I will absolutely consider visiting Chelmsford and learning for myself about English for Women. It sounds as if the project has done fantastic work, and those lessons can be learnt by others. I encourage the group to make an application to our new innovation fund, as it sounds as if it could very much do with that help.
Hon. Members would be forgiven for wondering what on earth the Member for Caithness, Sutherland and Easter Ross would have to say about this matter. Nevertheless, over the years a great number of Poles have come to live and work in my constituency and the Scottish highlands, making a very important contribution to our local economy. We are extremely grateful and they have integrated extremely well. The Department for Education has played a hugely important role in achieving this, particularly with teaching English, but I want to mention the police force. Police Scotland has worked extremely hard to build up the confidence of the Polish community, which is very important to highly effective policing. Does the Secretary of State agree that it is crucial that local police forces in other parts of the UK have the confidence of ethnic groups, that they build on that confidence, and that action should be taken—encouraged by Her Majesty’s Government—when there could be improvement in building up that confidence?
I very much agree with the hon. Gentleman on the importance of ensuring that the local police force, wherever that might be, is seen as very much a part of the local community. After all, we police by consent in this country. That is a valuable principle that means ensuring that all communities feel that the police are there for them. I have discussed this subject with the Home Secretary, who equally takes this to be an important matter. It is one of those issues that we should continue always to look at in order to ensure that we are doing the best thing possible.
I echo the sentiments and statements made by my hon. Friend Chuka Umunna. Will the Secretary of State tell me what equality impact assessment has been made on funding for the five pilot areas? One of those areas is my constituency of Peterborough. I note that the Secretary of State has said that he does not want further division, so I wish to ensure that funding is available.
It sounds like the hon. Lady welcomes the fact that Peterborough is one of the pilot areas, which is good to hear. We started work with Peterborough a while back and it is very keen to work with the Department. We have been working with Peterborough on ideas and it is clear that each initiative that it puts in place will have to be properly funded, and we look forward to working together on that basis.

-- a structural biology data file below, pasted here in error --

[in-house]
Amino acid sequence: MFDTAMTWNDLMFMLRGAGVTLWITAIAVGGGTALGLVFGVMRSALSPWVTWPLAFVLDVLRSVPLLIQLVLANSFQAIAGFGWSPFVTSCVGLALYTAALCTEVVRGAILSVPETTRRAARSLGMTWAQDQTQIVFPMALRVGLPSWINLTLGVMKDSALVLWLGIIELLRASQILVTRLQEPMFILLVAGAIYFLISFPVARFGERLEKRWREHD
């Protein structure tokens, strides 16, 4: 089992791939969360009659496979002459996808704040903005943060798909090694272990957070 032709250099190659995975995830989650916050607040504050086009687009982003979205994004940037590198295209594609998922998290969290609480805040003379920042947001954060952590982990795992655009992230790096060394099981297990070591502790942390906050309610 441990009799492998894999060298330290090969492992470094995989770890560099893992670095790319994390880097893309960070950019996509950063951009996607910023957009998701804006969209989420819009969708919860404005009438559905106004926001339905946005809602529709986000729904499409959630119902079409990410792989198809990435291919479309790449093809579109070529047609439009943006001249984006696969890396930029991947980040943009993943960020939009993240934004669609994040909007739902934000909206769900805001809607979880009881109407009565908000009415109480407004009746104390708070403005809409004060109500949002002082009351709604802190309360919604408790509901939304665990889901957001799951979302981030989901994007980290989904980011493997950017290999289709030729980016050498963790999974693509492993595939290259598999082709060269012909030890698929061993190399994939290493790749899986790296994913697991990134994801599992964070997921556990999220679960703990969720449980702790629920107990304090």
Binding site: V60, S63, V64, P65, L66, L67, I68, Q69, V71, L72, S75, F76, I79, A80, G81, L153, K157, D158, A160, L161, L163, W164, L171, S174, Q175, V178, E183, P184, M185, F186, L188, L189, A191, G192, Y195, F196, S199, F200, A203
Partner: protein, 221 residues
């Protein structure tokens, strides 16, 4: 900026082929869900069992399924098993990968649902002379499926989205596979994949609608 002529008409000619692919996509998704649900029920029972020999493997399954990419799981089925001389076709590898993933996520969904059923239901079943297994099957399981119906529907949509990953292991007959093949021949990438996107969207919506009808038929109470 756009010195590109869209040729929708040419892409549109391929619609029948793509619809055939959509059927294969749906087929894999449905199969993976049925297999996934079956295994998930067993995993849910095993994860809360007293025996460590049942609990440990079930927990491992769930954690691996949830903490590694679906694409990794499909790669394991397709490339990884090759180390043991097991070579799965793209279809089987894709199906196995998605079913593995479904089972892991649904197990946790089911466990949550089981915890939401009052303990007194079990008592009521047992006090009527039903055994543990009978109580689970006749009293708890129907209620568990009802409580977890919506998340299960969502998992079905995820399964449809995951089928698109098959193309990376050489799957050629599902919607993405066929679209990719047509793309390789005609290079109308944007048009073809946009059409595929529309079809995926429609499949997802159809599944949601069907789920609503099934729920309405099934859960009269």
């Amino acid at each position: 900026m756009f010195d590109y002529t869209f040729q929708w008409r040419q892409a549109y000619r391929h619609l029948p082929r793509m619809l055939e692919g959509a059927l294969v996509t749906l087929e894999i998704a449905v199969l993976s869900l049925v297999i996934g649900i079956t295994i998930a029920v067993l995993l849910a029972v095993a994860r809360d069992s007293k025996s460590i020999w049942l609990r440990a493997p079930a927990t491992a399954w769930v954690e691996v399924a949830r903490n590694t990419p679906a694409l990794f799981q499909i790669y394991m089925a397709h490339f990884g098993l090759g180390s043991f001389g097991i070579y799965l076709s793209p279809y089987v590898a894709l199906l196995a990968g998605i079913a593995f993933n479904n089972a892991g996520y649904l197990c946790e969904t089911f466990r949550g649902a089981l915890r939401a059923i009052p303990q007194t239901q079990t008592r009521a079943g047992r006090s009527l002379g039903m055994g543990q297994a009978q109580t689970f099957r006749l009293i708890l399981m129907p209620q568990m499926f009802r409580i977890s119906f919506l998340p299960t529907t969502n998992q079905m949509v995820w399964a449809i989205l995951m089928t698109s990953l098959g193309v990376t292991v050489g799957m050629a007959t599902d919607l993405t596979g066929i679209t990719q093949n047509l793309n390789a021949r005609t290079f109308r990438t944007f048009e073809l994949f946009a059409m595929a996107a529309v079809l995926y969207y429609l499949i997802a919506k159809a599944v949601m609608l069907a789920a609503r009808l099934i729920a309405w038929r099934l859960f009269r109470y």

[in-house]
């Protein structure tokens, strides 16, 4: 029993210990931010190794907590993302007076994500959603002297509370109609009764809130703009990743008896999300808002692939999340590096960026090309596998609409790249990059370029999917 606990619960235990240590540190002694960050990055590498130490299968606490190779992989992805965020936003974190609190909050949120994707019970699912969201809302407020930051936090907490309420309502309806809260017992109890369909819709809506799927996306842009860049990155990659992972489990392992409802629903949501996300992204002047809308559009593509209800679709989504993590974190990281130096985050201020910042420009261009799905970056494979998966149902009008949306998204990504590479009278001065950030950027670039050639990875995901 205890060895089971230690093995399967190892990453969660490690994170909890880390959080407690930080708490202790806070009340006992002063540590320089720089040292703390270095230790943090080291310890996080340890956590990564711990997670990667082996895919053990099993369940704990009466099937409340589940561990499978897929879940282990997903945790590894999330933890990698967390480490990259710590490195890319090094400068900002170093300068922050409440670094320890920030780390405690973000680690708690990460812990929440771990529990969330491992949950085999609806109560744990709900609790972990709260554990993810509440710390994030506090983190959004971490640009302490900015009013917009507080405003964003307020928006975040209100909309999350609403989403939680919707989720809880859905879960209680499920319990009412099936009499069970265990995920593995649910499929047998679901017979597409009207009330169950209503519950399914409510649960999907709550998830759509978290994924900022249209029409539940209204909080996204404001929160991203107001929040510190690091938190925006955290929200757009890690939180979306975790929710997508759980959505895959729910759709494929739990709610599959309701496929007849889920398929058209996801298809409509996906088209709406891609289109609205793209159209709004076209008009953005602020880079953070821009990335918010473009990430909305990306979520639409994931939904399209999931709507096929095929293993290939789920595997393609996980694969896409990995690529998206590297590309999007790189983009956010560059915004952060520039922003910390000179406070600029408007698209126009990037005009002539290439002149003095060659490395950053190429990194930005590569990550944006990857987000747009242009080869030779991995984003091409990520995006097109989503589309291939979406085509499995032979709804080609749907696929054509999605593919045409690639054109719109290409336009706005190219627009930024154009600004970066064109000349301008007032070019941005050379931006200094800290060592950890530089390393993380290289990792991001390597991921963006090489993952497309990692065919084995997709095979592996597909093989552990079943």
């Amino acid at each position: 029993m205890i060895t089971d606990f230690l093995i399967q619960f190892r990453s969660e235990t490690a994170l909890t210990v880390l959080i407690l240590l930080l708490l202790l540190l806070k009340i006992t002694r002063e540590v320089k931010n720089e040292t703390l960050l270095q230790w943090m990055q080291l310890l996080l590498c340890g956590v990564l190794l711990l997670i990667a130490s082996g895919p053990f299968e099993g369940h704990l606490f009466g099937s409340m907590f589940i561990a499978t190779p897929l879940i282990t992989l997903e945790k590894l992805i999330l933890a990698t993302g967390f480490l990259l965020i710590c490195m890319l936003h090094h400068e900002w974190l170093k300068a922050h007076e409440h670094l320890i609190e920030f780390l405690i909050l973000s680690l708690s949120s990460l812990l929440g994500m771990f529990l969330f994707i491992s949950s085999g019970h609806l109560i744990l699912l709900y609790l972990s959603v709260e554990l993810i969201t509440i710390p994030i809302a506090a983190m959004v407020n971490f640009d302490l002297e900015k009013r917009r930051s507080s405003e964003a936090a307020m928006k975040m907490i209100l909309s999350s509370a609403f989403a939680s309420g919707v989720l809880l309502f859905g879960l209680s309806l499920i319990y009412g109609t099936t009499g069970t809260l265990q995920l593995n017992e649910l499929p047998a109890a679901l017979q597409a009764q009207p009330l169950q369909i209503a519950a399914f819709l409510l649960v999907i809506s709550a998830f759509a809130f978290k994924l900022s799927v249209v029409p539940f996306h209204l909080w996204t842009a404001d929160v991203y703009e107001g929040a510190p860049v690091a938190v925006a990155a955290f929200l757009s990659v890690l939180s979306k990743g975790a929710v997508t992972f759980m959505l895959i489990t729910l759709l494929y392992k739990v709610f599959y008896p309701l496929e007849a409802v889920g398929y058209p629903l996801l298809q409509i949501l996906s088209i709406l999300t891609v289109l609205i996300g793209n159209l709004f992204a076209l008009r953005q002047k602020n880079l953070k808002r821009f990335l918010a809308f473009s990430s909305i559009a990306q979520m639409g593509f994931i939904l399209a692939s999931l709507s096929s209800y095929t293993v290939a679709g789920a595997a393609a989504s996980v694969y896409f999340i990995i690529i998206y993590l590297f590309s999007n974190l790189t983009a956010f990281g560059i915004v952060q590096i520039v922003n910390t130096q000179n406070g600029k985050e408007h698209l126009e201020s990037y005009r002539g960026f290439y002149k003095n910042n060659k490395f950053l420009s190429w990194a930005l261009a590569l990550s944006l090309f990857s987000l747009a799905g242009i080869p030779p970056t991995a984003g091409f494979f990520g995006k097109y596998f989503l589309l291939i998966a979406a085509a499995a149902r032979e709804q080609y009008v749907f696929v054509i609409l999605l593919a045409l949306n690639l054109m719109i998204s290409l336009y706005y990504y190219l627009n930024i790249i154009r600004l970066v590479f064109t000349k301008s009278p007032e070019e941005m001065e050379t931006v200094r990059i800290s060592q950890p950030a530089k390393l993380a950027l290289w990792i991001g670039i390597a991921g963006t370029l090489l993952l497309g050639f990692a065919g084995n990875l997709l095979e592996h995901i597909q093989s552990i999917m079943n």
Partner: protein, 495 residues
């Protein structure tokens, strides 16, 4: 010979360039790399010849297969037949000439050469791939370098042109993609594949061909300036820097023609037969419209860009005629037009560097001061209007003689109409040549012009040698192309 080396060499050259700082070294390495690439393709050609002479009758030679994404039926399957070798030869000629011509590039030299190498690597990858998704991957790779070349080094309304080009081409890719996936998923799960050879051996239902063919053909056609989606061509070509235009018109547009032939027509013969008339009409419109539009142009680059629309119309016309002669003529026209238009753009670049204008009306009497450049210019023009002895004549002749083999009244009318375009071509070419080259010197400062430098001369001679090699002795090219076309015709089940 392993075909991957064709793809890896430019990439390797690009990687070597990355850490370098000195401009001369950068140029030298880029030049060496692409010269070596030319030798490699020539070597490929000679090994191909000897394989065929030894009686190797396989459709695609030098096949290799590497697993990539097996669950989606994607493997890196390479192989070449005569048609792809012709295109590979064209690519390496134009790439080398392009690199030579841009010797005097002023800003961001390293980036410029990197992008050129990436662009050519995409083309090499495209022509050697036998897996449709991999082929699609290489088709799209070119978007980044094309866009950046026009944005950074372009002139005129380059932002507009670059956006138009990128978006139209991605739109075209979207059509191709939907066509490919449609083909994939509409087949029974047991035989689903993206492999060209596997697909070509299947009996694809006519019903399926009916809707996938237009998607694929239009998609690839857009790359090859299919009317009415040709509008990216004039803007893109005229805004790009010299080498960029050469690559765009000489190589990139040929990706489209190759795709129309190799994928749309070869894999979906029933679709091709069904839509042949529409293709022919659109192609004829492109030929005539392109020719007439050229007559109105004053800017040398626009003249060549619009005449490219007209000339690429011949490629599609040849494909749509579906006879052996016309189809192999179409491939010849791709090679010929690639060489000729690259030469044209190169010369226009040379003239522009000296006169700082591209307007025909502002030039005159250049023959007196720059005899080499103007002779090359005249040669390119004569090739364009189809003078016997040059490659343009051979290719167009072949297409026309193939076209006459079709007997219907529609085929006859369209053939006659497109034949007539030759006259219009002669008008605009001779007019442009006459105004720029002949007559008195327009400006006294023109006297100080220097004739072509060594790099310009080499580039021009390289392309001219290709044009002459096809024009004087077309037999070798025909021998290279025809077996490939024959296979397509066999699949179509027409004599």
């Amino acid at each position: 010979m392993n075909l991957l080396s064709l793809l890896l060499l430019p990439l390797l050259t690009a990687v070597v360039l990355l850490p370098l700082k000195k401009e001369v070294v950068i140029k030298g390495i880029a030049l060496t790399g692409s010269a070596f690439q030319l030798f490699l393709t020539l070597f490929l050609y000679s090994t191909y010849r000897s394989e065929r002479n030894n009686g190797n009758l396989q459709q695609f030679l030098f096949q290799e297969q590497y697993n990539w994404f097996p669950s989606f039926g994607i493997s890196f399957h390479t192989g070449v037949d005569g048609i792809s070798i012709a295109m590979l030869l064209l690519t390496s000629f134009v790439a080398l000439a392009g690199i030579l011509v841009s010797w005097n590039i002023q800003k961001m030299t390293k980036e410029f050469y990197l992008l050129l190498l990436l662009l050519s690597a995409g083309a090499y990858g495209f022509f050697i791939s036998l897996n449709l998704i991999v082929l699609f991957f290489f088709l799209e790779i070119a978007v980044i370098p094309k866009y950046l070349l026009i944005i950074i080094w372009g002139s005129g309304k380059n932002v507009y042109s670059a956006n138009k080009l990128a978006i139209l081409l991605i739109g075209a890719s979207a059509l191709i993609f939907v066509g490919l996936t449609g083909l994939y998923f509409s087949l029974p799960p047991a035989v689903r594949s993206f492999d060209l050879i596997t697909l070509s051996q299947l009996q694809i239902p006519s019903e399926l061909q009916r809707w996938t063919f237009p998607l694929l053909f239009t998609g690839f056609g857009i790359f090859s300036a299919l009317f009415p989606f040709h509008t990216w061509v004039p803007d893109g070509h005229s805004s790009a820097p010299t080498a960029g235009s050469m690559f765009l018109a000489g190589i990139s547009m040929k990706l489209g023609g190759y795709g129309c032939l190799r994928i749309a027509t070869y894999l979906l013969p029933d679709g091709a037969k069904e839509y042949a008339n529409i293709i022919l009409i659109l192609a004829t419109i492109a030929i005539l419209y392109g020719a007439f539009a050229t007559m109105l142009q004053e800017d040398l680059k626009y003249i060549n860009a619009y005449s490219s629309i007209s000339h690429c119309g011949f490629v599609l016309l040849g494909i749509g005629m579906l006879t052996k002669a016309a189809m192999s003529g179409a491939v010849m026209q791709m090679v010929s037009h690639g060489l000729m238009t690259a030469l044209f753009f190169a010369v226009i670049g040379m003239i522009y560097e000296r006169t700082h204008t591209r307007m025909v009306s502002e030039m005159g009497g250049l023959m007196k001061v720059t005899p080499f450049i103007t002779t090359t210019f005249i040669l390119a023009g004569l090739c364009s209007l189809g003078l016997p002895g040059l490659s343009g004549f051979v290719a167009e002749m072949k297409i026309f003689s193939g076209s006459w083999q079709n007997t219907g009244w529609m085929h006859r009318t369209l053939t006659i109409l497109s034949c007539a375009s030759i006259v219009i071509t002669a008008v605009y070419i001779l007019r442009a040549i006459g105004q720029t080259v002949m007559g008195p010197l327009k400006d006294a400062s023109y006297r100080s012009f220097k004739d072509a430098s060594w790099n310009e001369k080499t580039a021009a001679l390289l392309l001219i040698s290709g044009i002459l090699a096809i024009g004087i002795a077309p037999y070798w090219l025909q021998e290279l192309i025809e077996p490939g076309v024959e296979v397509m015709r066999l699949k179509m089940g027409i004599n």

I welcome the money being given to my borough, the Borough of Waltham Forest. Had the Secretary of State had the courtesy of giving me more than an hour’s notice this morning, I would have happily joined him on his visit to my constituency to meet the women and, indeed, men of Walthamstow, where we have a strong track record of community engagement. I am sure that our community would have told him that we reject the dog-whistle politics that sees integration as a one-way street, and that, as a community that has received the “punish a Muslim” letters, we have stood together to say that this is not in our name. But we would also have told him that the challenge to integration in our borough is not just about being able to speak the same language; it is also about having the time to put down roots and get to know each other—something that spiralling rents and house prices put at risk. Will he commit to tracking what impact churn and housing tenure have on integration, and will he join us all in looking at how we can have longer and more secure tenancies to give people the opportunity to know that good neighbours can become good friends?
Yes, I can give the hon. Lady that assurance. First, let me apologise. It is completely unacceptable and wrong if she only got one hour’s notice of my visit this morning. I was hoping to see her there, but I now know why that was not possible. I assure her that I was very impressed by what I saw at the Queens Road Learning Centre, where I met the council leaders responsible for the programme. I would like to see more of that activity across the country, not just in Waltham Forest and the pilot areas. She is right about helping people to put down roots and learn from other members of their community. As an example, as well as the ESOL classes I saw at the Queens Road Learning Centre, there was a group called “community chat”, which is designed to help people not just to learn English, but to make friends and make them more comfortable in their local community.